information systems research: describe, critique or design?

I sometimes find it hard to see the practical value of some IS research. Researchers argue for a well-supported theoretical angle, come up with a pragmatic method and may present interesting observations and insights into the particular system that has been investigated. When it comes to design recommendations arising from the research, however, these often seem trite or added as an afterthought.

If theory and research are meant to inform practice, recommendations need to be current, relevant, and actionable. This can be hard to achieve in a domain that develops so quickly. Checkland (1998) observed a while ago how it is very hard for theory to keep up and be informative, thereby failing to match the “ideal” dynamic:

Checkland's 'ideal' dynamic for theory informing practice

Checkland's ideal for theory informing practice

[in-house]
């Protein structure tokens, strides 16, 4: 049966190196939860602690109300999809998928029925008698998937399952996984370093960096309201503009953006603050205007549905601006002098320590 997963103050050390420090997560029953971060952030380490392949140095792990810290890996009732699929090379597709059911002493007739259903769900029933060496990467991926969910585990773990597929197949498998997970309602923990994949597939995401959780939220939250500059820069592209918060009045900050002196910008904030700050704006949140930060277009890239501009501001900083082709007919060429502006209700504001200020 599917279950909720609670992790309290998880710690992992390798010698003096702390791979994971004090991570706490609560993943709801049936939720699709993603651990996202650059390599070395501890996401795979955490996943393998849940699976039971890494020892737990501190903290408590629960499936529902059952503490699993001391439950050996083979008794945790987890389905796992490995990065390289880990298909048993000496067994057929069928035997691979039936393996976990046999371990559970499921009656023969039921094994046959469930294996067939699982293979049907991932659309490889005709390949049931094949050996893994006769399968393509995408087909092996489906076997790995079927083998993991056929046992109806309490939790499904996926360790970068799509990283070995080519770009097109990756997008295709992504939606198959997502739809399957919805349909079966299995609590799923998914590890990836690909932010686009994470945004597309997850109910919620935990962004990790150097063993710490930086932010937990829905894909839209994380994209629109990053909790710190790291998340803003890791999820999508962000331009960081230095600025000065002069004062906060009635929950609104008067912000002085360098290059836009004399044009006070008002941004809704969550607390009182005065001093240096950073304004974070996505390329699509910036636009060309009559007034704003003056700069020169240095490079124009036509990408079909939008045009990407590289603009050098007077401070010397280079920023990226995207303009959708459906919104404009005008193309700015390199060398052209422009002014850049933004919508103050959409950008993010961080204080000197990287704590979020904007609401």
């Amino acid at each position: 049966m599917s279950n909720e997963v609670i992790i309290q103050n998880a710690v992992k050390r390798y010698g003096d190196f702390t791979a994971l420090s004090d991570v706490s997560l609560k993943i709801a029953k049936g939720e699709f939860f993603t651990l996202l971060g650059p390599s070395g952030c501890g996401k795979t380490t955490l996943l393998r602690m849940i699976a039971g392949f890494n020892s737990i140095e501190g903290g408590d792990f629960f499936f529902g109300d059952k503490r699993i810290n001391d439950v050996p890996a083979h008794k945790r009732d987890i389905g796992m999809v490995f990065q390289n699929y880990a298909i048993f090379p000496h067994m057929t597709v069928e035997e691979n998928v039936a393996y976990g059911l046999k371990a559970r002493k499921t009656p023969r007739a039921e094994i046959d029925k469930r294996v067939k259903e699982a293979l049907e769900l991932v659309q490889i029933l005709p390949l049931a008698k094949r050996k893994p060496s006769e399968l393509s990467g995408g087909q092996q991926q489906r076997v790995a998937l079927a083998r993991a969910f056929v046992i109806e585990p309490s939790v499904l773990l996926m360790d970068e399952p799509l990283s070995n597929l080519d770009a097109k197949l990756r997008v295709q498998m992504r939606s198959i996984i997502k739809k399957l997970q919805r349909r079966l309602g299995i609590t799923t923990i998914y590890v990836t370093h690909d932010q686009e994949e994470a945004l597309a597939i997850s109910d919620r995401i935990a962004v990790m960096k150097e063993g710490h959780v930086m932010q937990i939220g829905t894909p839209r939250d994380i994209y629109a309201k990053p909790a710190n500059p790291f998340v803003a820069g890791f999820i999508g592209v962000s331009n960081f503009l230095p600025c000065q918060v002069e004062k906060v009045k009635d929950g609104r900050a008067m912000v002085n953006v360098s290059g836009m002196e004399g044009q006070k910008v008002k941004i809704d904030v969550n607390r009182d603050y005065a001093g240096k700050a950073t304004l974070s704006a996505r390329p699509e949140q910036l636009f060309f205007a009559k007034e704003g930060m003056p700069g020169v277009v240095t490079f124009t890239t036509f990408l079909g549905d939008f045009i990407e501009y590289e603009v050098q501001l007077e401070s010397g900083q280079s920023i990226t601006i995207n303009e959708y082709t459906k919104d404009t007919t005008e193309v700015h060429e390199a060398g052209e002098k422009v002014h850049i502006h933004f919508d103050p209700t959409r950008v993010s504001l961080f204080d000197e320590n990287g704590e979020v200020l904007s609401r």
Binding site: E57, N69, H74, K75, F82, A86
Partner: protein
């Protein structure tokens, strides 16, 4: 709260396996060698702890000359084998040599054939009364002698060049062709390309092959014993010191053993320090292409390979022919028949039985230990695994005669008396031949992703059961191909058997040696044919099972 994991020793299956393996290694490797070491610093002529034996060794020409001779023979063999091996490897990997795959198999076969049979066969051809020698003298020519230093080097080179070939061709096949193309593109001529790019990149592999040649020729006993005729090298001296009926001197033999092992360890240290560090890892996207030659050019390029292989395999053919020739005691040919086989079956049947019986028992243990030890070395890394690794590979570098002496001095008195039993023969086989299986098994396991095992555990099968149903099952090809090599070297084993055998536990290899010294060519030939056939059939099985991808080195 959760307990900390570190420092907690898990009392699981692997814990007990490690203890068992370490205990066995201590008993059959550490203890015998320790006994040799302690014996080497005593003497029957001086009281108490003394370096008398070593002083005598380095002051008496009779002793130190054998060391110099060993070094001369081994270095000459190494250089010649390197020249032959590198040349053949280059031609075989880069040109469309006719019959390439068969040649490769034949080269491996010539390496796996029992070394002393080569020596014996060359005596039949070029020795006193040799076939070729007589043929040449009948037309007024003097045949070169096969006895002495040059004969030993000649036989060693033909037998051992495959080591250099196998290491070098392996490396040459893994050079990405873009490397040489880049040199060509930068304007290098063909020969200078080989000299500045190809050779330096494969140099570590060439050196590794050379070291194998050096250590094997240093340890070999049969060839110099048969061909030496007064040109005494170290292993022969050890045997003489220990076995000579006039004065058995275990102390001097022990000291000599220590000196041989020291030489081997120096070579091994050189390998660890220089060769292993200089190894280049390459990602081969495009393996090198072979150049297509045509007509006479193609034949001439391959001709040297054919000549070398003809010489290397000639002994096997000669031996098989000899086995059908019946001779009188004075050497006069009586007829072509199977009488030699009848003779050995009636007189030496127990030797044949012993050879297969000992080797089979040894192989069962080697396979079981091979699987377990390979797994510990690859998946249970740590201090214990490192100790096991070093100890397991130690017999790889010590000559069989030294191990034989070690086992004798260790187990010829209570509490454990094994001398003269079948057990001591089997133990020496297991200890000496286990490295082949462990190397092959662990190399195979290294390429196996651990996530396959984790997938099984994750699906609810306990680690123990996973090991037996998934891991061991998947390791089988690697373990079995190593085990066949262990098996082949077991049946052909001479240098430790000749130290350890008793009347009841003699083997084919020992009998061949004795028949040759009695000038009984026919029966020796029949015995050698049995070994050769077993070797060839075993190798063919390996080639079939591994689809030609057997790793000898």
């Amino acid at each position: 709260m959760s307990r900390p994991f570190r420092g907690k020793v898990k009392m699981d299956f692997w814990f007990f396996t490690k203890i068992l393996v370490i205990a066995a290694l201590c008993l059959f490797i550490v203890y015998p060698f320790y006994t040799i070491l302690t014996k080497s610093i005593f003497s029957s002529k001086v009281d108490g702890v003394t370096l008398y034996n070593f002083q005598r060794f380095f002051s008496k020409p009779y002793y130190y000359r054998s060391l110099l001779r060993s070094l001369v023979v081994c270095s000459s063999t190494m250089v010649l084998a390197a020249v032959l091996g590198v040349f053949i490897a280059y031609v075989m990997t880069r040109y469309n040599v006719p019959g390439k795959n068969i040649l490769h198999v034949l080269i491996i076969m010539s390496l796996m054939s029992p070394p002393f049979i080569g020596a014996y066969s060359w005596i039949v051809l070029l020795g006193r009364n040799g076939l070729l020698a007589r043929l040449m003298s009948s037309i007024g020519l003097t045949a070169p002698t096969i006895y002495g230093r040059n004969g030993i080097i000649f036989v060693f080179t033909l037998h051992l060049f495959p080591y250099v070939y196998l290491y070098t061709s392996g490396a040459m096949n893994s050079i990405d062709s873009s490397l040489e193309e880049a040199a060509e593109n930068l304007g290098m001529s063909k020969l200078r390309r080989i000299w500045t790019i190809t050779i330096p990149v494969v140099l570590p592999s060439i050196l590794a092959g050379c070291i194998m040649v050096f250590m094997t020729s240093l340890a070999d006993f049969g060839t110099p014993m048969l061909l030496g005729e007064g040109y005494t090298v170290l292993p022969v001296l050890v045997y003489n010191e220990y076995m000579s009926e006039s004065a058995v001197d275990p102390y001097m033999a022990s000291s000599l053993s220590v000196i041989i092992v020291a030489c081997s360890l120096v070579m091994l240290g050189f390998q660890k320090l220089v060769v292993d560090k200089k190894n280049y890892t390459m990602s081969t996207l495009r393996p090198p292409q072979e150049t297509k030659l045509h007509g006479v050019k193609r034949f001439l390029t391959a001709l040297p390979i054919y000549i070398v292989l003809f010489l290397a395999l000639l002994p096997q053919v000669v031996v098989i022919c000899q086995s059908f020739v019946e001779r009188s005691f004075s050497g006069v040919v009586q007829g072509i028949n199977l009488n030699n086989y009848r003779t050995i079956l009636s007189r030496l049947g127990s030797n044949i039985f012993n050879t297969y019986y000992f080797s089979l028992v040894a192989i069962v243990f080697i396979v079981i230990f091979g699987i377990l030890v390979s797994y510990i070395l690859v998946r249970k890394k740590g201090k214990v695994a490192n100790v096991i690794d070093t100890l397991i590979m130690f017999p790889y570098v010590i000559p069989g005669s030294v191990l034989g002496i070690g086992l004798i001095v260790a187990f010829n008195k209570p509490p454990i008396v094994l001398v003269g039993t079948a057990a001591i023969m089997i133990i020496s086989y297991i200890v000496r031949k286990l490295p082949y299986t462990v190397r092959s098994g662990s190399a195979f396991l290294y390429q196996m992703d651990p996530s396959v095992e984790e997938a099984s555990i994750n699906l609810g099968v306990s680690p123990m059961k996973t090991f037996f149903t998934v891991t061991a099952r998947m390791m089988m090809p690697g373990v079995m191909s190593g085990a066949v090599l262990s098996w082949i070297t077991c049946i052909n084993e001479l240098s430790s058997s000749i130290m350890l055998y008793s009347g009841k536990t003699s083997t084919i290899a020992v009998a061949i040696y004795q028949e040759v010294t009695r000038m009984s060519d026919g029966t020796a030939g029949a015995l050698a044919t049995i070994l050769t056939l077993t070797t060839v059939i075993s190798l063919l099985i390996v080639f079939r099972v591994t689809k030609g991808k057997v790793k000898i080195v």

Whilst a range of research-theoretical stances can be taken, justified and accepted by the research community, only some seem to be close enough to practice to usefully inform it. This is where the researchers are either experimenting directly through design, or are involved enough to really engage with the language, problems and possible solutions in the domain. So I would favour interpretive or action research approaches in this regard:

Levels of engagement and theoretical stance (based on Aakhus & Jackson (2005))

Levels of engagement and theoretical stance (based on Aakhus & Jackson (2005))

Whilst the more descriptive, long view can still be valuable, it is hard to realise this value unless the knowledge gained is acted on by those implementing new designs and approaches. As they are the ones reading the research, this should perhaps be the research community itself in the first instance. Design improvement can then be further communicated through demonstrators, but these need to be compelling enough to be taken seriously.

References

1. Aakhus, M. and Jackson, S., 2005. Technology, Interaction and Design. In: Fitch, K.L. and Sanders, R.E.( eds) Handbook of Language and Social Interaction. LEA, pp. 411-433
2. Checkland, P .and Holwell ,S. 1998. Information, Systems and Information Systems: Making Sense of the Field John Wiley & Sons, Inc. New York, NY, USA

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